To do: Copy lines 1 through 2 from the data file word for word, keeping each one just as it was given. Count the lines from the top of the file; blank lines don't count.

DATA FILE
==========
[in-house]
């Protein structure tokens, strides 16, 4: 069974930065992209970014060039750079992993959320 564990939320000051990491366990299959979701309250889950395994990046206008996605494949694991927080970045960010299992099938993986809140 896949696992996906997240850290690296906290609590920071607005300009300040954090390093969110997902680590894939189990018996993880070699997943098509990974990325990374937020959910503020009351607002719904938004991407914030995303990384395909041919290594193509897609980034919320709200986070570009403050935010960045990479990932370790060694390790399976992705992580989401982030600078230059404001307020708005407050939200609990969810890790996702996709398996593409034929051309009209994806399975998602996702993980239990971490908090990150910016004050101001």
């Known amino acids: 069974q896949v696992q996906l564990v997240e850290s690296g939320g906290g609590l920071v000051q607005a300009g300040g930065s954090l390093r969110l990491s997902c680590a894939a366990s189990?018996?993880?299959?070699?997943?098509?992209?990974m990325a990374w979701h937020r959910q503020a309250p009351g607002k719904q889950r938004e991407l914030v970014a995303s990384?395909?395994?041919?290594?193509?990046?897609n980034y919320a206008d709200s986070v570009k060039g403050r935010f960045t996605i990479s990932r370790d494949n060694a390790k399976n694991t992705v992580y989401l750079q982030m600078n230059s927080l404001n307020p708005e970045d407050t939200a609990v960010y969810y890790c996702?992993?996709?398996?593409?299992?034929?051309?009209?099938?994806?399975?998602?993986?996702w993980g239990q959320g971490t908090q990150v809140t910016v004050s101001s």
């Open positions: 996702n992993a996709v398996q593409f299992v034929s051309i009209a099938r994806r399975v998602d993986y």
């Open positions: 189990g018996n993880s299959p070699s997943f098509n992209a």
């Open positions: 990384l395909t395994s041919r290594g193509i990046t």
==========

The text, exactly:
[in-house]
């Protein structure tokens, strides 16, 4: 069974930065992209970014060039750079992993959320 564990939320000051990491366990299959979701309250889950395994990046206008996605494949694991927080970045960010299992099938993986809140 896949696992996906997240850290690296906290609590920071607005300009300040954090390093969110997902680590894939189990018996993880070699997943098509990974990325990374937020959910503020009351607002719904938004991407914030995303990384395909041919290594193509897609980034919320709200986070570009403050935010960045990479990932370790060694390790399976992705992580989401982030600078230059404001307020708005407050939200609990969810890790996702996709398996593409034929051309009209994806399975998602996702993980239990971490908090990150910016004050101001």